I shook the bucket of balls around and then launched them up and onto the grass.

Because I do this myself, I have never managed to get a decent photo of the balls in the air...

Stella ran around a bit, nosed at a few of the balls, made her choice and did a runner with it.  Typical dog.

I chased it down and got it out of her mouth, and the winning number was...

So, now I'm back on my computer, I have counted down the comments to get to the 46th comment, and the winner is:


Honey, I already have your address from the SEWsterhood of the Travelling Pattern, so this package will be on its way to you very soon.

Thank you all so much for entering.  I read each and every one of your comments and they made me so happy and proud.  I want to give special mention to Marko - a young man who loves himself, and is ignoring gender roles to embrace his love of sewing and fashion design.  I'm sure I'm not the only person in this group who is right behind you, supporting you.

Keep showing love to yourselves every day - you deserve it!


Friday, February 20, 2015

Capelet Sewalong : Part 2 : Making A Pattern For The Lining

When I announced the capelet as the next sewalong, there were a lot of requests in the group to add a lining.  It wasn't part of the original pattern, but there is no reason why it can't be a lined capelet with a bit of ingenuity.

Since there are already facing pieces we can cheat!

Got to love cheating!!

But first, you need to unpick your muslin, and any changes you made to it, you need to make on your paper pattern.  This is mostly going to be on the bodice pieces, but you might have done other things...

Then, cut out all the pieces from your fashion fabric, but not the interfacing piece.  We'll use that another day.

Now, lets look at the lining piece by piece

Bodice Front Piece
I've folded the attached facing in, and put the front hem facing over the top of the pattern piece so we can get an idea of what it will look like.

All we need to do here is cut a piece from the point of the V at the top, down to where the front hem facing piece ends

By the way - don't cut your pattern piece, just fold it

Bodice Back Piece
Here is the piece with the back hem facing laid over the top.

This one is super simple.  We're just going to cut the same bodice back piece out BUT put the edge of the pattern that should be on the fold, 1/2" away from the fold.  I made the mistake of not doing this once and ripped my lining when I reached forward with both arms.  Lining needs give.  Fair enough this is more important in things that have sleeves, but its a good habit to get into.

Cape Front Piece
Here is the piece with the front neck facing laid over the top.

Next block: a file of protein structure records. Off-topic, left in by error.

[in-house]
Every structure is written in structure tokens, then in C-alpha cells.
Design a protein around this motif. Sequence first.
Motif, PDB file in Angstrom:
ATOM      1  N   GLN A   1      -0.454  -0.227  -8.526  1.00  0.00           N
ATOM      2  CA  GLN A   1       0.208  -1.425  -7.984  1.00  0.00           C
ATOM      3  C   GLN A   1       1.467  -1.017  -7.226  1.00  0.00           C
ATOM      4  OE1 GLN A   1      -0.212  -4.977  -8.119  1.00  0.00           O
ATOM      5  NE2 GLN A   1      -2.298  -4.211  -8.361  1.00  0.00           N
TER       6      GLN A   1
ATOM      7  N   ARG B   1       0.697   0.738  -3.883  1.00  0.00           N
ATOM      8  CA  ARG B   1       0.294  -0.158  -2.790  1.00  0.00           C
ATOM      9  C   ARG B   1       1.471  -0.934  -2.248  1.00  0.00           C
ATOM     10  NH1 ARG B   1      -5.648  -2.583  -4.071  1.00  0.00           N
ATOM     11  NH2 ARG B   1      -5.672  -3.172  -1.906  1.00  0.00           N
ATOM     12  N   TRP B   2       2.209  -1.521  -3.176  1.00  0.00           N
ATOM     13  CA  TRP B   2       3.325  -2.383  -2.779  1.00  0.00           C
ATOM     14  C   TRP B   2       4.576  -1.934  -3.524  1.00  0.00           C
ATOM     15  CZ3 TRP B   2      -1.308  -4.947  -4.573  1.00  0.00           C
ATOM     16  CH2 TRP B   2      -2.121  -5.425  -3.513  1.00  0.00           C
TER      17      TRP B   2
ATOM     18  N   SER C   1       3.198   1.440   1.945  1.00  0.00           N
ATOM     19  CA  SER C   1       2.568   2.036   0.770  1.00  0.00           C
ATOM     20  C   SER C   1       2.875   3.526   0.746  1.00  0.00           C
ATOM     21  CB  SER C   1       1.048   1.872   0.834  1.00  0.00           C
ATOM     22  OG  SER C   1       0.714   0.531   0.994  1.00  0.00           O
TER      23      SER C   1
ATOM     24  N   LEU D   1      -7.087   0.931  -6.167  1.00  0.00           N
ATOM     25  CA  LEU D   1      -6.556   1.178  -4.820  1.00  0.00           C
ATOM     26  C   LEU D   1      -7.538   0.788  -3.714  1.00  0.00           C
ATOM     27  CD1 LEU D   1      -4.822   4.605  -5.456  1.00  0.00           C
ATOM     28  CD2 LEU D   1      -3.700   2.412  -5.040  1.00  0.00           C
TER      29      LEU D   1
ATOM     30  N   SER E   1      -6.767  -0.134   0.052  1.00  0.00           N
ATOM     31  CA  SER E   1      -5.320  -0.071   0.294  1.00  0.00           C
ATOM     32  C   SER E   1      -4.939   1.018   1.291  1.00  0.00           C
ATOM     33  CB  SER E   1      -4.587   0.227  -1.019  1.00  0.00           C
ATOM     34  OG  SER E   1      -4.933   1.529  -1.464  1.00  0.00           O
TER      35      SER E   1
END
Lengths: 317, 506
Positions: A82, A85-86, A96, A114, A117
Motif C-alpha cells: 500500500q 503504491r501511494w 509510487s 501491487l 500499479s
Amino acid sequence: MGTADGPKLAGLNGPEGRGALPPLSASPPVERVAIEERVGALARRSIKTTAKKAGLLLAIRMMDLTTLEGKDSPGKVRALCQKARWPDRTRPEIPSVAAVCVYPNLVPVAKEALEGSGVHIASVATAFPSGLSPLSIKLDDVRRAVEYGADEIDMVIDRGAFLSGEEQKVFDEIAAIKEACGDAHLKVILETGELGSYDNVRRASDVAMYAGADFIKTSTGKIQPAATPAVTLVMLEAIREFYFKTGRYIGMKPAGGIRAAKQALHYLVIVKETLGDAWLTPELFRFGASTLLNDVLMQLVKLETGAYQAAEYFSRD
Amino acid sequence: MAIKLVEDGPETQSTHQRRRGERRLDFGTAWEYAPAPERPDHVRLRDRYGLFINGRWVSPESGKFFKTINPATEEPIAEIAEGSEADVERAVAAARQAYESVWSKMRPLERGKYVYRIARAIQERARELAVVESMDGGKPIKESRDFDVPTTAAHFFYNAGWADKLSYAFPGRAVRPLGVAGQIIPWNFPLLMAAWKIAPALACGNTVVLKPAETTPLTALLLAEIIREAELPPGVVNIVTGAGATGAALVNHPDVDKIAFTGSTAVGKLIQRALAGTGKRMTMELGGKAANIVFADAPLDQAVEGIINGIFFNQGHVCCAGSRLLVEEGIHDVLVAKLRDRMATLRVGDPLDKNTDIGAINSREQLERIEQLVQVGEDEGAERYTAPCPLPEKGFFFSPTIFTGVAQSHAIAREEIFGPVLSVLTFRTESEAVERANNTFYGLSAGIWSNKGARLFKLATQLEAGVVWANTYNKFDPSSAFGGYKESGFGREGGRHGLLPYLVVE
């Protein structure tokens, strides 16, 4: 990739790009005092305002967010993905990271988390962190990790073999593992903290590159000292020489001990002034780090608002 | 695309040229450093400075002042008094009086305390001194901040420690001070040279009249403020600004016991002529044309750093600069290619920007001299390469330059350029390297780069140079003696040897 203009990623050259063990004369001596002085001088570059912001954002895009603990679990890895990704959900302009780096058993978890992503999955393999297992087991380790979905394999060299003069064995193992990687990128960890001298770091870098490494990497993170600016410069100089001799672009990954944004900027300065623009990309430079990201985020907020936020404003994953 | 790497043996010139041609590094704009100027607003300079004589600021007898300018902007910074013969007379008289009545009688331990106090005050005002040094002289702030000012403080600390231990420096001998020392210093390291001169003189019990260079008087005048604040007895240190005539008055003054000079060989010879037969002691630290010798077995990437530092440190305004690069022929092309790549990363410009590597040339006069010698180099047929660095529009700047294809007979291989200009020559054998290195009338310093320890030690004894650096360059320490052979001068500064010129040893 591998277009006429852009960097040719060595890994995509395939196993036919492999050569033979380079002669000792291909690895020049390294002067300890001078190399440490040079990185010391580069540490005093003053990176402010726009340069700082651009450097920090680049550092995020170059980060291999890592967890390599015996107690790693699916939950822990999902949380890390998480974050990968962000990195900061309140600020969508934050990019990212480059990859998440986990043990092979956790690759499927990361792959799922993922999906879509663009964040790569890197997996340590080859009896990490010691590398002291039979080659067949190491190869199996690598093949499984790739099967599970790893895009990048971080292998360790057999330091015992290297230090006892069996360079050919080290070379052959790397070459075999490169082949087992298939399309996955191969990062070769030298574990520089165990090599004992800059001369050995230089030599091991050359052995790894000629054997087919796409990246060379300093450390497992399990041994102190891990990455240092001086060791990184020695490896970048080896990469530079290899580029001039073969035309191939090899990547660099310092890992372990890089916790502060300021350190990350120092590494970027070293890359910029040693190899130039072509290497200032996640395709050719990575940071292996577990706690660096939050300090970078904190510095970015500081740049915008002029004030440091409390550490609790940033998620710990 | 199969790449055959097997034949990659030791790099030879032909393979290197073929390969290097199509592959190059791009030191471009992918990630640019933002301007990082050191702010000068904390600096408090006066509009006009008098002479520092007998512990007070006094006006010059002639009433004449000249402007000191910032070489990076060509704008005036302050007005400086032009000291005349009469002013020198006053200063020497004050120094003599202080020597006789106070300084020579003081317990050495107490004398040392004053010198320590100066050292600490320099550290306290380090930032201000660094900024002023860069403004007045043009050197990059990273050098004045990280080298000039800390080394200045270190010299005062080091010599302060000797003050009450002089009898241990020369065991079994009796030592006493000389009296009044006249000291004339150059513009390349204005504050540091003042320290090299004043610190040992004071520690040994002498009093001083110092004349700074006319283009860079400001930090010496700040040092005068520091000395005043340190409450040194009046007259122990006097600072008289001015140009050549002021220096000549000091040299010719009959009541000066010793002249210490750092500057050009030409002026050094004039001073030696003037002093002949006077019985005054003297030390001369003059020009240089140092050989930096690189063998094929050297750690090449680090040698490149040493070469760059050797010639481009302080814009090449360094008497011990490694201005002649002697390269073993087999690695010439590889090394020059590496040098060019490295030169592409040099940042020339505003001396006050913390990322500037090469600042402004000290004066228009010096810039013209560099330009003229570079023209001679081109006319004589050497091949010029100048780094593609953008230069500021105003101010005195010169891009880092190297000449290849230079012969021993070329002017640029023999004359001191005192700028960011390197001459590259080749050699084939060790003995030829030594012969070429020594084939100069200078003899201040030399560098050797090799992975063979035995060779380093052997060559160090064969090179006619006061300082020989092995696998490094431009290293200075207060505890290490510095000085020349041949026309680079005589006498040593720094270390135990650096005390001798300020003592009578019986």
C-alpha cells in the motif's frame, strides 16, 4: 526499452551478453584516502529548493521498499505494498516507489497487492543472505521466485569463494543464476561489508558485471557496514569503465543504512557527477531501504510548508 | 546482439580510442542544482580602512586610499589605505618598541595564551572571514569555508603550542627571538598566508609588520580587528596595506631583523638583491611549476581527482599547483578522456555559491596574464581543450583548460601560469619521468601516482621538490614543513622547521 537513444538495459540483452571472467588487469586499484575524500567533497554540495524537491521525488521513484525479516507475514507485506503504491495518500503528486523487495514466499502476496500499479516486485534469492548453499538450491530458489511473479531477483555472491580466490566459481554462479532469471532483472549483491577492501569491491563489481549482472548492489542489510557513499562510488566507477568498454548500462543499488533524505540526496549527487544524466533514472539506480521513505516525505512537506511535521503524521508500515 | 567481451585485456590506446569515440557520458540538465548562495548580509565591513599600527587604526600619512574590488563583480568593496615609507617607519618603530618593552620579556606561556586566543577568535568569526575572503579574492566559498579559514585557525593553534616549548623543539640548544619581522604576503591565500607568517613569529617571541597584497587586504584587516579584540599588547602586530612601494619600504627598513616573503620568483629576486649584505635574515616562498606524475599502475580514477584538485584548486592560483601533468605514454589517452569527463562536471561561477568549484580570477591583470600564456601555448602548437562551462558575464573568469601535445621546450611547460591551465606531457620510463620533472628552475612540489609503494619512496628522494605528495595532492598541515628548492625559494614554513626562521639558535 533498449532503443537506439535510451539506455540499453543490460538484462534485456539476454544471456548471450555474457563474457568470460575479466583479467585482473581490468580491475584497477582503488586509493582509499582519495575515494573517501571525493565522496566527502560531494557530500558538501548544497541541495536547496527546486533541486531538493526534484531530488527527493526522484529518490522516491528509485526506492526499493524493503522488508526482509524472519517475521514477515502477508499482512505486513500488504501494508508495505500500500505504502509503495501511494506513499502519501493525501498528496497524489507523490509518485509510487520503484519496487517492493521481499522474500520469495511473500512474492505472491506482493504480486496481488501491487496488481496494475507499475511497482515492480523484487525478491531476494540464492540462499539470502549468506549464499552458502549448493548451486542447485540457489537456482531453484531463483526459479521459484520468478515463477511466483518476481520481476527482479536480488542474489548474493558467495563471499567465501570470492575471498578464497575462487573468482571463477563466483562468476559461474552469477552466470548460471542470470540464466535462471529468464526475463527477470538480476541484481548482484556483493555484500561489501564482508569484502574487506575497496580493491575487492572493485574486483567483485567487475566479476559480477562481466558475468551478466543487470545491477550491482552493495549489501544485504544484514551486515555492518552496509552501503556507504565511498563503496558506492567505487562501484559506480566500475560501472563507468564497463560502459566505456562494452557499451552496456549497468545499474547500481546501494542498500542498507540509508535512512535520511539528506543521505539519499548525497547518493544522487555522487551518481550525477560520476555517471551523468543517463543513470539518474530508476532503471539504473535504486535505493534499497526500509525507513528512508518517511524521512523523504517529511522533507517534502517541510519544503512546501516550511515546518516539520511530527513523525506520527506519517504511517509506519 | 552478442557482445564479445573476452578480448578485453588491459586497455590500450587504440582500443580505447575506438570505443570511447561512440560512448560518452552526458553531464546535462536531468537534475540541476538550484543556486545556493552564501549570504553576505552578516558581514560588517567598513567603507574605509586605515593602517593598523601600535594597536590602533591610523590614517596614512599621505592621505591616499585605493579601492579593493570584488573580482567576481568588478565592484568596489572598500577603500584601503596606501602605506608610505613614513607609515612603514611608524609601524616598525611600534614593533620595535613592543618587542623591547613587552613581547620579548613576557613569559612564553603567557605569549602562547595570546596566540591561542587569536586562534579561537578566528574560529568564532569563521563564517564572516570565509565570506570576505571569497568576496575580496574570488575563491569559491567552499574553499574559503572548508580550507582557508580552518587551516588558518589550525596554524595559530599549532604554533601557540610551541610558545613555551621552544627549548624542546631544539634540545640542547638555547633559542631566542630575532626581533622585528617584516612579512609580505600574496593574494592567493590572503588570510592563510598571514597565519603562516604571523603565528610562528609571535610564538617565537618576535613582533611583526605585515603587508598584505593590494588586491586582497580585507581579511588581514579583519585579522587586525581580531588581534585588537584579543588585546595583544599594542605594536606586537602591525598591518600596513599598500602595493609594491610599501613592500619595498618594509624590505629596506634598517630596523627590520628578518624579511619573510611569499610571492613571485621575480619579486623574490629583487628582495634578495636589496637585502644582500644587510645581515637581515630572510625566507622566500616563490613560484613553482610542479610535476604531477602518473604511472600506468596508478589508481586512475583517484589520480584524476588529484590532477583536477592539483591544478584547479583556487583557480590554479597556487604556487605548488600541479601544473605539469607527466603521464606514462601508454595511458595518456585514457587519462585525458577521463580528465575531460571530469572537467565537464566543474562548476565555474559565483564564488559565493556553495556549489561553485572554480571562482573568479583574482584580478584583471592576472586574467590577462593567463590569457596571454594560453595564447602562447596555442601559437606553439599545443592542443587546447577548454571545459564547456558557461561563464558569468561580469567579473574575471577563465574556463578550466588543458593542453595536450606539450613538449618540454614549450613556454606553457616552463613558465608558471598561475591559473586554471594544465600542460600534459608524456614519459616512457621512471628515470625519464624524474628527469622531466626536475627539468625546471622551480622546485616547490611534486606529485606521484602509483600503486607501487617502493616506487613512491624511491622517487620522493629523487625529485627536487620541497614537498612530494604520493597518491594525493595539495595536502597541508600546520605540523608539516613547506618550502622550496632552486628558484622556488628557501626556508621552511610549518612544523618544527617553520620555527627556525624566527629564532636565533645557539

Another super simple one - just cut the same shape piece out from your lining fabric.

You will notice that there is no bottom facing.  We need one, so you need to make one.  Its pretty simple and you can make it from anything you want.  It needs to be the same shape as the bottom of the cape, and the same width as the bodice facings (mine are 2 1/2").

Cape Back Piece
Here is the piece with the back neck facing laid over the top.

This is pretty much the same deal as the cape front.  Cut the exact piece from your lining fabric, and make a bottom hem facing.

Awesome!  We've cut out all our fabric!  Lets get on with the sewing!!


Saturday, February 14, 2015

Its Valentines Day - Lets Have a GIVEAWAY!

Hello everyone!

Remember last year I had a Valentine's Day giveaway?  Well this year I'm doing it again, and the message is still the same.

I think there is not enough emphasis in the world on loving yourself, respecting yourself, and supporting yourself.  So many negative messages bombard us every day from everywhere - every one trying to convince us that we aren't good enough just the way we are.


Of course we are good enough just the way we are - we are PERFECT just the way we are!  And its about time that we loved and respected ourselves enough to ignore everything that tries to tell us otherwise.

So in light of that, I'm having a giveaway as encouragement to fall in love with you.

Here is your encouragement - 5 metres of gorgeous tropical cotton, a roll of ric-rac, six lovely buttons, and a vintage pattern to make a blouse, shorts, and two lengths of skirt!

If I was you I'd make the blouse and the skirt!

And all you have to do to be in the draw to win is comment below and tell me what you love about you.  Its that easy.

I'll start.  I love my curves.  I have big boobs, a curvy round butt and a tiny waist and I love it.  I love my beautiful blue eyes.  I love my long, strong fingernails.  I love my ability to love and accept others for their differences.  I love my creativity.  I love my ability to sew.  I love that I've created this blog and this community of beautiful women.  I love me.

The competition is open to everyone all around the world, and will run until midnight on the 19th of February.  I will announce the winner next Saturday.

Love to you all


Thursday, February 12, 2015

Capelet Sewalong : Part 1 : Creating a Muslin

Hooray everyone!  Welcome to the Decades of Style 1930s Capelet Pattern Sew-along!!!  I'm hoping everyone has their pattern, fabric, and something to make a muslin with.  But if you don't its not too late - there is plenty of time to catch up.  You can find the pattern here.

For those of us that are ready, lets get started.